DIRECTOR: DAVY CHOU STARRING: PARK JI-MIN, OH KWANG-ROK, GUKA HAN RUNNING TIME: 1 HR 55 MINUTES
Twenty five year old French woman returns to Korea, the country she was born before being adopted by a French couple, for the very first time. She decides to track down her biological parents, but her journey takes a surprising turn.
Return to Seoul is the latest International Feature submission for Cambodia and it’s such a superb film on the adoptee experience and the challenges of having two completely different nationalities. The film is focused on Freddie, played brilliantly by Park Ji-Min, who was born in South Korea but was dropped off at an adoption agency when she was a baby. After a few years she was adopted by a family and taken to France.
The film begins with Freddie landing in Seoul in an impromptu visit. She was expecting to travel to Tokyo, like she always does, but with a typhoon heading straight to Japan, she changes her flight last minute and heads to South Korea from Paris. She has two weeks vacation and she wants to explore this new country as much as possible.
After meeting some locals at a restaurant close to her hotel, she finds out that the Hammond Adoption Agency is in Seoul. Despite having some reservations, she decides to check out the place to see if she can find her biological parents. The agency has some really strict rules. They’re only allowed to send three messages per year to the parents, and if there’s no response they have to wait a year before contacting them again. And, more importantly, if they respond back stating that they don’t want to see their child, the case is closed and they’re forbidden to ever contact them again.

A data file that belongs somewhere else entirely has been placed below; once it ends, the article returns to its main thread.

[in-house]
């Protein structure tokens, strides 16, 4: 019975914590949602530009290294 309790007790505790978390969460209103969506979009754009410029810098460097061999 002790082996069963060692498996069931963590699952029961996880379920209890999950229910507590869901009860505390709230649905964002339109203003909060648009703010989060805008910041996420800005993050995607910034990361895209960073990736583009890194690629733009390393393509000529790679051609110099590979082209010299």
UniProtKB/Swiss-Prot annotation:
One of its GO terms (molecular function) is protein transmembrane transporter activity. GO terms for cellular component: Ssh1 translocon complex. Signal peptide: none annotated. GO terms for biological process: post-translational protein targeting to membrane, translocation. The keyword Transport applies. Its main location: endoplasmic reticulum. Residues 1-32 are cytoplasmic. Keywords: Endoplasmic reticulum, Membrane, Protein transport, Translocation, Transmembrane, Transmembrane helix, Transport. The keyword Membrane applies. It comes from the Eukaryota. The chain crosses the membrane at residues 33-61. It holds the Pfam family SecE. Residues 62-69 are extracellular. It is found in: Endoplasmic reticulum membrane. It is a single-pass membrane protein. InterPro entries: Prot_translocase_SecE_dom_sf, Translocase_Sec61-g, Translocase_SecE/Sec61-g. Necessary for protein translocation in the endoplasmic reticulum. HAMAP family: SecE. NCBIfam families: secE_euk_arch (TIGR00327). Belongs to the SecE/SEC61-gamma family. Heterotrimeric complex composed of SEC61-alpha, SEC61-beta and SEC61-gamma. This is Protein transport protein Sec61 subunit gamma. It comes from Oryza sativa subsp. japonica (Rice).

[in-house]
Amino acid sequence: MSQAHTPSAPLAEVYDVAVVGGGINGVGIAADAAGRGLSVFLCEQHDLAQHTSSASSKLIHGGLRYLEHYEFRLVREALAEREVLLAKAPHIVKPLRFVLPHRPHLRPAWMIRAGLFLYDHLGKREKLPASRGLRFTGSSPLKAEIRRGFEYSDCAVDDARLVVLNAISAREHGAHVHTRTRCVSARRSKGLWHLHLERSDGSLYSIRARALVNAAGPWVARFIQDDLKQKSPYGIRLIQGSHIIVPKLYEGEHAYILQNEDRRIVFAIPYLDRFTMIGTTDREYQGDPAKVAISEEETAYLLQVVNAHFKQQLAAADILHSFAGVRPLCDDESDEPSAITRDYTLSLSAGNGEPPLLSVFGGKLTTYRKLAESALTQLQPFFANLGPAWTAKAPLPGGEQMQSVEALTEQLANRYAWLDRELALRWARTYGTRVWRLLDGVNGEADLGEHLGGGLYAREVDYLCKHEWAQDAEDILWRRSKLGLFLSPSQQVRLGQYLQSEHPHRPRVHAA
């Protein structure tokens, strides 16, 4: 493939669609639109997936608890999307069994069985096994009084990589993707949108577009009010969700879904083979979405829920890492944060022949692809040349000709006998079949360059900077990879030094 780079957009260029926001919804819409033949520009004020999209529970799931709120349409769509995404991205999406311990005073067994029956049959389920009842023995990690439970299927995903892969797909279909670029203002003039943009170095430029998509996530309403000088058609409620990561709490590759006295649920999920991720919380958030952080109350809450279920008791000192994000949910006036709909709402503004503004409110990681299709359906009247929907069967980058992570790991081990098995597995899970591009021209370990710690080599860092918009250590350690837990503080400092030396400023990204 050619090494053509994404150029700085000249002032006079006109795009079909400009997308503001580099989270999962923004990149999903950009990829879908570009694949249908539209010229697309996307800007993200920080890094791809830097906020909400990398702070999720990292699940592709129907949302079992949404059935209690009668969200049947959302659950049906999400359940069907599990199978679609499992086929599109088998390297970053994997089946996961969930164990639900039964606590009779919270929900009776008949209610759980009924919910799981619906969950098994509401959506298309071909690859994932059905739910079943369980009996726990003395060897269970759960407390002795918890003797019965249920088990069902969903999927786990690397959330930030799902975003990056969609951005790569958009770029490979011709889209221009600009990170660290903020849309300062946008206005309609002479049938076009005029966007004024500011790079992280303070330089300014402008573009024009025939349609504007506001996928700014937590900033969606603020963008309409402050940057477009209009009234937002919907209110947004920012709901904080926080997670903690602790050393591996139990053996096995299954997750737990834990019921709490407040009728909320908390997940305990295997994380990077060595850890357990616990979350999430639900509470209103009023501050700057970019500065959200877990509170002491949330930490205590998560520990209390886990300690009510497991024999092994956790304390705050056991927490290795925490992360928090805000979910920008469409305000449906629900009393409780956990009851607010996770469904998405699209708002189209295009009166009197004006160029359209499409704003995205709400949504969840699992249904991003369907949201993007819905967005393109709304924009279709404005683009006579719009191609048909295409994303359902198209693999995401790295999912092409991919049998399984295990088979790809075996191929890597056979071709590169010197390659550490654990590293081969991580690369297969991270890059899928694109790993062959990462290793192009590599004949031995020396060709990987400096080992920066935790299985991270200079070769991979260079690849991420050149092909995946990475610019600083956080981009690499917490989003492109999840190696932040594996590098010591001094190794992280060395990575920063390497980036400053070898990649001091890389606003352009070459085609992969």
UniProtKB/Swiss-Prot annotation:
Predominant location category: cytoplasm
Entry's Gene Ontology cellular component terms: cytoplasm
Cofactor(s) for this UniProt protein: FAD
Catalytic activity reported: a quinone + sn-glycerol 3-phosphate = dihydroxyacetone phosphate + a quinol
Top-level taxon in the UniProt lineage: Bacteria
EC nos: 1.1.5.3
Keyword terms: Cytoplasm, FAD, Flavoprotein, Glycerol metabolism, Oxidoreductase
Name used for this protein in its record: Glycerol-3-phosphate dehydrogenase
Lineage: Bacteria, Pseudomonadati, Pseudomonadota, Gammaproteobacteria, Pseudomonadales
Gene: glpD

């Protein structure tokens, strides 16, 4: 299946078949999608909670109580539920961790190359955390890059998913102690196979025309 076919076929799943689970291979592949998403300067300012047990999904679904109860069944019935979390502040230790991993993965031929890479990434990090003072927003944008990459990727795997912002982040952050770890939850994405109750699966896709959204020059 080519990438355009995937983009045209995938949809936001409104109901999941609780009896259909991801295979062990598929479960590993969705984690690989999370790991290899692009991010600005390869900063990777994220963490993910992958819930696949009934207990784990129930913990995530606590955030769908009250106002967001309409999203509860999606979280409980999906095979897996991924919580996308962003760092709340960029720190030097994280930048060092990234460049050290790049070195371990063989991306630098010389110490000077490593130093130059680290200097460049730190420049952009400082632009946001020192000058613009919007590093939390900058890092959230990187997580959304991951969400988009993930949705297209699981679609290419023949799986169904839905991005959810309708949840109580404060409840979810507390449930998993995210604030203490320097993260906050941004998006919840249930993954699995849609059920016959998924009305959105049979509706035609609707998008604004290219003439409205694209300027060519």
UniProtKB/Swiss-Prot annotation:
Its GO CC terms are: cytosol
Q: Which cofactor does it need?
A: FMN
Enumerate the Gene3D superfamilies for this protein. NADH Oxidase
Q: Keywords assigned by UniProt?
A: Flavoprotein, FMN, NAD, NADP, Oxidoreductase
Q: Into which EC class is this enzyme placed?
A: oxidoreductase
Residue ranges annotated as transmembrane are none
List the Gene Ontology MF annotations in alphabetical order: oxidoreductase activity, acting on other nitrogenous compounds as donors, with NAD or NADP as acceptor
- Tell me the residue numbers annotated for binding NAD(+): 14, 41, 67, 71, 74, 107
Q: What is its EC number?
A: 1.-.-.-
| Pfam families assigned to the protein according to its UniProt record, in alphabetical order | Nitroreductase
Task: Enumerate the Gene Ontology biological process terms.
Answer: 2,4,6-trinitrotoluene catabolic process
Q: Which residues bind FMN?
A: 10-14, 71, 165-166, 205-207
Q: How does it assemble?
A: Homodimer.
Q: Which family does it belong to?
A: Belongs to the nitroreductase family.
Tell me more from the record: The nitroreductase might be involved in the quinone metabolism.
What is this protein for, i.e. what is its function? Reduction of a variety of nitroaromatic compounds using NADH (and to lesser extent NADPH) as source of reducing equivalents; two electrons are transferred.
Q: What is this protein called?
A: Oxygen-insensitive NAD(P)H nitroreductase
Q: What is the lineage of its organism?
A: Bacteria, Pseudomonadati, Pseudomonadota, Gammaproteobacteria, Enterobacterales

The journey for Freddie is about to begin.
Davy Chou has created a masterful film about the difficulties of having dual identities and the repercussions that comes with not really fitting in. It isn’t always so simple to figure out who you are or what you want. The film constantly jumps ahead into the future, and every time we see a new glimpse into Freddie’s life. Sometimes she’s a visitor. Sometimes she’s a resident. Sometimes she’s a friend or a daughter. Life doesn’t always go as planned. Nothing is certain in this life. Places change. People change. And tomorrow might be different. For Freddie, she doesn’t know what the future will hold for her, but for now, as she searches to feel complete and whole, she’ll continue her life as if something is missing. And it’s a part of the painful healing process of being adopted.